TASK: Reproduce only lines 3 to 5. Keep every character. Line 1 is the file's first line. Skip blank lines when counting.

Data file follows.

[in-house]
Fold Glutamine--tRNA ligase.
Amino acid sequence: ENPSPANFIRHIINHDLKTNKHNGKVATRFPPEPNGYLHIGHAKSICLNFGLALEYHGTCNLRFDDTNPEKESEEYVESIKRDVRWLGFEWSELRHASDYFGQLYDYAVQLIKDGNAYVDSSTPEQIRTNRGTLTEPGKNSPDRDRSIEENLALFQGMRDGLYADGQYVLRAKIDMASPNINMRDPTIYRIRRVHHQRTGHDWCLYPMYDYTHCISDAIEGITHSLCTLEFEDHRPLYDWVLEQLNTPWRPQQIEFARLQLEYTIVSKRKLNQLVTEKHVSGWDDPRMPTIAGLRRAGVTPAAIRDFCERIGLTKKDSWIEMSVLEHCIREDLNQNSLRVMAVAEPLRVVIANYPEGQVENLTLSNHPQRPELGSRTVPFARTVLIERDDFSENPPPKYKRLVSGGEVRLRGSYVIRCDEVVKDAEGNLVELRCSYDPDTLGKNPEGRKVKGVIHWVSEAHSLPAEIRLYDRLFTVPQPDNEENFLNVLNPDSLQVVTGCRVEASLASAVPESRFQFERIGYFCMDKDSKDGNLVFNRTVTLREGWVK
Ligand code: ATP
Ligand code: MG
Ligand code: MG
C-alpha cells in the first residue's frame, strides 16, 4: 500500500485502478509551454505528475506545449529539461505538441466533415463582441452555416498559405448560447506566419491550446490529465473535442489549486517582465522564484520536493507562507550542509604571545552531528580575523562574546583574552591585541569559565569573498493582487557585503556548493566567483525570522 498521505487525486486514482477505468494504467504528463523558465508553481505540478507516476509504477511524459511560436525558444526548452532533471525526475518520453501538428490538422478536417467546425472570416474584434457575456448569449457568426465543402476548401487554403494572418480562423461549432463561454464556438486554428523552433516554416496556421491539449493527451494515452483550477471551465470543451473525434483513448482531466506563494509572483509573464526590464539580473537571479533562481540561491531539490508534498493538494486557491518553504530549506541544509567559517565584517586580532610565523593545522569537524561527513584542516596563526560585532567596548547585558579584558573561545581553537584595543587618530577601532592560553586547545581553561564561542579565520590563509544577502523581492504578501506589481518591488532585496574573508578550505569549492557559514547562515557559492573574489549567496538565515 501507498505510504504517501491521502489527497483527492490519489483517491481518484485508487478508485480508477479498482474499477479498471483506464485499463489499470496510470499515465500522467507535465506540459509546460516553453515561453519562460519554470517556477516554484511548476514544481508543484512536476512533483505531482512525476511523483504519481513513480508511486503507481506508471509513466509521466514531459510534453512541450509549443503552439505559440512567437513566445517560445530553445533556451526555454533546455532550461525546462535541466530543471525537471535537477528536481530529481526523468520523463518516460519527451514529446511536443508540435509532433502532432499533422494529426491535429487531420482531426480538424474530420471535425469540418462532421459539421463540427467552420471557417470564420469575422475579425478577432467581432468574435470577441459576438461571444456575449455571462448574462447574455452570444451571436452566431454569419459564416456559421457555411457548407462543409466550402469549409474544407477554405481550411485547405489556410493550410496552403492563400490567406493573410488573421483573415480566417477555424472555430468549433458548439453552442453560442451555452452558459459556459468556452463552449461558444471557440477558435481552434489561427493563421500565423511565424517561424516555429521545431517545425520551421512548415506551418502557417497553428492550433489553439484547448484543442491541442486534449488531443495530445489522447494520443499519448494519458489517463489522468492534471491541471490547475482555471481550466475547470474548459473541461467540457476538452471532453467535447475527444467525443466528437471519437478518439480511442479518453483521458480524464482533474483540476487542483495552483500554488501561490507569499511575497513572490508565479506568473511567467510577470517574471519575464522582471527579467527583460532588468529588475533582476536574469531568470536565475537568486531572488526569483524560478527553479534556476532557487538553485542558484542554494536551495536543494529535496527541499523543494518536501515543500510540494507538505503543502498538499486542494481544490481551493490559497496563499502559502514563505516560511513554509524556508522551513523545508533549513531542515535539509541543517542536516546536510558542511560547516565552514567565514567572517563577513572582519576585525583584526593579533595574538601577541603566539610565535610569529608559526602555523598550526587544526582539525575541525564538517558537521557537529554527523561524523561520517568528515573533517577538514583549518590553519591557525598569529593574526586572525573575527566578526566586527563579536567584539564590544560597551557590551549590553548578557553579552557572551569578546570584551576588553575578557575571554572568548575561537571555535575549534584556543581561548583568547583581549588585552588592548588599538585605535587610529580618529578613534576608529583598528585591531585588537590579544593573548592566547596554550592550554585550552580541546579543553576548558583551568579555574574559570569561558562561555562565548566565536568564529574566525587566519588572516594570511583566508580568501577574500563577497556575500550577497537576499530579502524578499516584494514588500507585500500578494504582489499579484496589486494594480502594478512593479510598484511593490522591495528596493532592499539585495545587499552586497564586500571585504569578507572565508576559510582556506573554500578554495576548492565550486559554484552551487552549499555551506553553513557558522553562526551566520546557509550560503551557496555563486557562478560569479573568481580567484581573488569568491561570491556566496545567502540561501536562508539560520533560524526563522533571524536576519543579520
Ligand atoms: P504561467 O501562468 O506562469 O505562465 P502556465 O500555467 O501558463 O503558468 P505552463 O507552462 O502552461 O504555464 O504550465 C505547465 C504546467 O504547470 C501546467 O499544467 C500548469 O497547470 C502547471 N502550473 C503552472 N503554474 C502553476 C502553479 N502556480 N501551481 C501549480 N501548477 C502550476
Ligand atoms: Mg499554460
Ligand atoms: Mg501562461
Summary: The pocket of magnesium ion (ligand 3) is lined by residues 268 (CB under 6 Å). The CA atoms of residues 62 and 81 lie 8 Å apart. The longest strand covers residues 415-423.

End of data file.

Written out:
Amino acid sequence: ENPSPANFIRHIINHDLKTNKHNGKVATRFPPEPNGYLHIGHAKSICLNFGLALEYHGTCNLRFDDTNPEKESEEYVESIKRDVRWLGFEWSELRHASDYFGQLYDYAVQLIKDGNAYVDSSTPEQIRTNRGTLTEPGKNSPDRDRSIEENLALFQGMRDGLYADGQYVLRAKIDMASPNINMRDPTIYRIRRVHHQRTGHDWCLYPMYDYTHCISDAIEGITHSLCTLEFEDHRPLYDWVLEQLNTPWRPQQIEFARLQLEYTIVSKRKLNQLVTEKHVSGWDDPRMPTIAGLRRAGVTPAAIRDFCERIGLTKKDSWIEMSVLEHCIREDLNQNSLRVMAVAEPLRVVIANYPEGQVENLTLSNHPQRPELGSRTVPFARTVLIERDDFSENPPPKYKRLVSGGEVRLRGSYVIRCDEVVKDAEGNLVELRCSYDPDTLGKNPEGRKVKGVIHWVSEAHSLPAEIRLYDRLFTVPQPDNEENFLNVLNPDSLQVVTGCRVEASLASAVPESRFQFERIGYFCMDKDSKDGNLVFNRTVTLREGWVK
Ligand code: ATP
Ligand code: MG